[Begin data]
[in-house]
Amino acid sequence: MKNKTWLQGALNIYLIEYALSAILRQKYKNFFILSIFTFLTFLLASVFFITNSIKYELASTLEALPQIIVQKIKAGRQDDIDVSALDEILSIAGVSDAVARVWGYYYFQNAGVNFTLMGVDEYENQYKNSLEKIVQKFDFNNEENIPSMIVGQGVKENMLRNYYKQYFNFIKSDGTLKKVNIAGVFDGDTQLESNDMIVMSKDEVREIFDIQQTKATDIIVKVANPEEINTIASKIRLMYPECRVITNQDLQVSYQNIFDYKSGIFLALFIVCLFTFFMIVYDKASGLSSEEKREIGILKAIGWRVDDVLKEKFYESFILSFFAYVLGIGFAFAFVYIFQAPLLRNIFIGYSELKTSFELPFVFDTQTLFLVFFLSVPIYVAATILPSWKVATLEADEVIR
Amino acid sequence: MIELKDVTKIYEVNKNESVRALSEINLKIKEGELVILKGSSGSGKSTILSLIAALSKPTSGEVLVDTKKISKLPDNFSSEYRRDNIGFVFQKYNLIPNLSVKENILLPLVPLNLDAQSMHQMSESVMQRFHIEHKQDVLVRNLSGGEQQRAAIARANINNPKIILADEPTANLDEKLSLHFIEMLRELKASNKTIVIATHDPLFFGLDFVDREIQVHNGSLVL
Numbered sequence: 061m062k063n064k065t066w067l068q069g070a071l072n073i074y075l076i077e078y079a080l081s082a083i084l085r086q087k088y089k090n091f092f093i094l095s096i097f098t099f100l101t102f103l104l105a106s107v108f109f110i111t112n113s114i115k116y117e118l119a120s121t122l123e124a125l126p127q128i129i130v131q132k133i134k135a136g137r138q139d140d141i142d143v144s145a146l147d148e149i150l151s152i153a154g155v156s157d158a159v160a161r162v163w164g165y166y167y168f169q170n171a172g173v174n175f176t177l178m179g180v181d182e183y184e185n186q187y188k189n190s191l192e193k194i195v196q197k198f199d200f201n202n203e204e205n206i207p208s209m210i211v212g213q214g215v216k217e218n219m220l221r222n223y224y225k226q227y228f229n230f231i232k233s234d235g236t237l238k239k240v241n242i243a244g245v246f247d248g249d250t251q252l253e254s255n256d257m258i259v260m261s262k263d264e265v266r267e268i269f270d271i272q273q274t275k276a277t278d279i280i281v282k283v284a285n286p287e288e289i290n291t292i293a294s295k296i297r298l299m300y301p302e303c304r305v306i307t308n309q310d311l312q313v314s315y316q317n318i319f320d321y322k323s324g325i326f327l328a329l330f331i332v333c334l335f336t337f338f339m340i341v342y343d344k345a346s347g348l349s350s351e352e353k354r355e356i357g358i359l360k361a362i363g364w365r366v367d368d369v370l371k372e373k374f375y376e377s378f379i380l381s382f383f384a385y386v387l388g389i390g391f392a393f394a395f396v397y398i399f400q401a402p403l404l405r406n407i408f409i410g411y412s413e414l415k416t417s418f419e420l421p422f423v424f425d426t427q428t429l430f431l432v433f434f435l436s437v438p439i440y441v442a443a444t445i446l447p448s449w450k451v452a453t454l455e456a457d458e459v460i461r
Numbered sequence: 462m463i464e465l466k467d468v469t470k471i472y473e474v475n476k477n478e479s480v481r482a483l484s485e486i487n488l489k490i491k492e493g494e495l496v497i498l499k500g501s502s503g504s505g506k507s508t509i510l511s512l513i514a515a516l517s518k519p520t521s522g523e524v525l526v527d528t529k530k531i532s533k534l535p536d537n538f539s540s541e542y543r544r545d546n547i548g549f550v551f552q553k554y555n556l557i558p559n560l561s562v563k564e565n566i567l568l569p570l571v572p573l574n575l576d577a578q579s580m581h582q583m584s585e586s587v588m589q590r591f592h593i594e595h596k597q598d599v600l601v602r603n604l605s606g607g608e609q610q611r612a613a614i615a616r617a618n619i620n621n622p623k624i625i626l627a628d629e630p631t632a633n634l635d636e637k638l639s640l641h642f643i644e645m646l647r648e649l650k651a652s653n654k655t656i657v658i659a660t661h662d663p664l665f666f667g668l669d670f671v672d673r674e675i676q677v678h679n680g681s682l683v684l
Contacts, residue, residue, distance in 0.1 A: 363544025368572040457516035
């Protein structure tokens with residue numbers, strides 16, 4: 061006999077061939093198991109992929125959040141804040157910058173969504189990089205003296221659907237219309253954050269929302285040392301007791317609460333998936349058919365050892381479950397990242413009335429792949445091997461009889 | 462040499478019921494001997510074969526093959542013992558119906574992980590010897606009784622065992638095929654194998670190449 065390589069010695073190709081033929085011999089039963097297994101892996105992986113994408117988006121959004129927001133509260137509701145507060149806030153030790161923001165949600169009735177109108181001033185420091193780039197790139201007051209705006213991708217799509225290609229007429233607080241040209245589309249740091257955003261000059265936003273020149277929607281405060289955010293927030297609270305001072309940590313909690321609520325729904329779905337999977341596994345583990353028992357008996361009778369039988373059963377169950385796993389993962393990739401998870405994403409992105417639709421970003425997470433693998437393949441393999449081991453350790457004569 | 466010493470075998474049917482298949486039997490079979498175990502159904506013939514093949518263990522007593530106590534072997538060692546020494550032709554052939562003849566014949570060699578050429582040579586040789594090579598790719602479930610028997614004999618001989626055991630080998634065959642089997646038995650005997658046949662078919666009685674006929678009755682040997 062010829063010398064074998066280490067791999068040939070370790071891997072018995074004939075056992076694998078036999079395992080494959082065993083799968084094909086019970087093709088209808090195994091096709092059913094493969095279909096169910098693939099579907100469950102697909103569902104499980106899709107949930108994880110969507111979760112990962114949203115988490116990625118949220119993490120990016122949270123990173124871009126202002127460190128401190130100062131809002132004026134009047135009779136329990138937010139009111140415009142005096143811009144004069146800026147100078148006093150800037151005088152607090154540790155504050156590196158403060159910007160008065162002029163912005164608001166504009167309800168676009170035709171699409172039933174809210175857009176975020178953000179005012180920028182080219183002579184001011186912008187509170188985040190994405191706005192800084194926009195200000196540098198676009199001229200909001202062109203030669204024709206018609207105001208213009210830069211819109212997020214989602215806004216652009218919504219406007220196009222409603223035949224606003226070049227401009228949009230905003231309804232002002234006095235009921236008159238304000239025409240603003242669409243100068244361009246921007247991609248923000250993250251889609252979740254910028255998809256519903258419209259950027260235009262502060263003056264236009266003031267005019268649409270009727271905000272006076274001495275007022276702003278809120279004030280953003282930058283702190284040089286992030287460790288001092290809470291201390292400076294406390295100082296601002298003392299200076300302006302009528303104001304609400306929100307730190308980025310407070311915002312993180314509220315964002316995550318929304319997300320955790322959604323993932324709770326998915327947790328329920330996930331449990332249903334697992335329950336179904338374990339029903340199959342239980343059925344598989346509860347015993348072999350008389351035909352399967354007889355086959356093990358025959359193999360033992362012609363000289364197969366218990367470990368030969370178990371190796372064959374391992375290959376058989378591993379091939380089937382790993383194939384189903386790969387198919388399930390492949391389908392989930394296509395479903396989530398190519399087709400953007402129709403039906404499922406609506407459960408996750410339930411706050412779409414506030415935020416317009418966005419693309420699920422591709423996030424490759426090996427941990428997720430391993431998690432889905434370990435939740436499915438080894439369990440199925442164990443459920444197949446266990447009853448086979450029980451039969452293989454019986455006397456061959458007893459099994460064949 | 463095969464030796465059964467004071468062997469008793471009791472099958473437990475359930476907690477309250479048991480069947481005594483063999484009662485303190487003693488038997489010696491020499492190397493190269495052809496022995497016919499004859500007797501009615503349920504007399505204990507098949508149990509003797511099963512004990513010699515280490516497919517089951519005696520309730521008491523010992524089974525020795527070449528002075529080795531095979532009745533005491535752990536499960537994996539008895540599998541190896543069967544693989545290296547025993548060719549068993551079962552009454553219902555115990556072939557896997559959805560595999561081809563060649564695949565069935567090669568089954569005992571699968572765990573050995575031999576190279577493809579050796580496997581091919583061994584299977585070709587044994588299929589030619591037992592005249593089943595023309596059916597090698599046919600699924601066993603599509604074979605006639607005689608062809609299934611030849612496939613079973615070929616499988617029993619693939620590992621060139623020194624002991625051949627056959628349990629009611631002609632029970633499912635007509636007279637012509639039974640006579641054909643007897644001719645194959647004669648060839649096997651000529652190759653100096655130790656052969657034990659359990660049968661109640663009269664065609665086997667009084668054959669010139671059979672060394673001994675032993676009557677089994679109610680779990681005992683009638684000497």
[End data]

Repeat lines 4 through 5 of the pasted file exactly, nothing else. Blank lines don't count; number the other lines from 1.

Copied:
Numbered sequence: 061m062k063n064k065t066w067l068q069g070a071l072n073i074y075l076i077e078y079a080l081s082a083i084l085r086q087k088y089k090n091f092f093i094l095s096i097f098t099f100l101t102f103l104l105a106s107v108f109f110i111t112n113s114i115k116y117e118l119a120s121t122l123e124a125l126p127q128i129i130v131q132k133i134k135a136g137r138q139d140d141i142d143v144s145a146l147d148e149i150l151s152i153a154g155v156s157d158a159v160a161r162v163w164g165y166y167y168f169q170n171a172g173v174n175f176t177l178m179g180v181d182e183y184e185n186q187y188k189n190s191l192e193k194i195v196q197k198f199d200f201n202n203e204e205n206i207p208s209m210i211v212g213q214g215v216k217e218n219m220l221r222n223y224y225k226q227y228f229n230f231i232k233s234d235g236t237l238k239k240v241n242i243a244g245v246f247d248g249d250t251q252l253e254s255n256d257m258i259v260m261s262k263d264e265v266r267e268i269f270d271i272q273q274t275k276a277t278d279i280i281v282k283v284a285n286p287e288e289i290n291t292i293a294s295k296i297r298l299m300y301p302e303c304r305v306i307t308n309q310d311l312q313v314s315y316q317n318i319f320d321y322k323s324g325i326f327l328a329l330f331i332v333c334l335f336t337f338f339m340i341v342y343d344k345a346s347g348l349s350s351e352e353k354r355e356i357g358i359l360k361a362i363g364w365r366v367d368d369v370l371k372e373k374f375y376e377s378f379i380l381s382f383f384a385y386v387l388g389i390g391f392a393f394a395f396v397y398i399f400q401a402p403l404l405r406n407i408f409i410g411y412s413e414l415k416t417s418f419e420l421p422f423v424f425d426t427q428t429l430f431l432v433f434f435l436s437v438p439i440y441v442a443a444t445i446l447p448s449w450k451v452a453t454l455e456a457d458e459v460i461r
Numbered sequence: 462m463i464e465l466k467d468v469t470k471i472y473e474v475n476k477n478e479s480v481r482a483l484s485e486i487n488l489k490i491k492e493g494e495l496v497i498l499k500g501s502s503g504s505g506k507s508t509i510l511s512l513i514a515a516l517s518k519p520t521s522g523e524v525l526v527d528t529k530k531i532s533k534l535p536d537n538f539s540s541e542y543r544r545d546n547i548g549f550v551f552q553k554y555n556l557i558p559n560l561s562v563k564e565n566i567l568l569p570l571v572p573l574n575l576d577a578q579s580m581h582q583m584s585e586s587v588m589q590r591f592h593i594e595h596k597q598d599v600l601v602r603n604l605s606g607g608e609q610q611r612a613a614i615a616r617a618n619i620n621n622p623k624i625i626l627a628d629e630p631t632a633n634l635d636e637k638l639s640l641h642f643i644e645m646l647r648e649l650k651a652s653n654k655t656i657v658i659a660t661h662d663p664l665f666f667g668l669d670f671v672d673r674e675i676q677v678h679n680g681s682l683v684l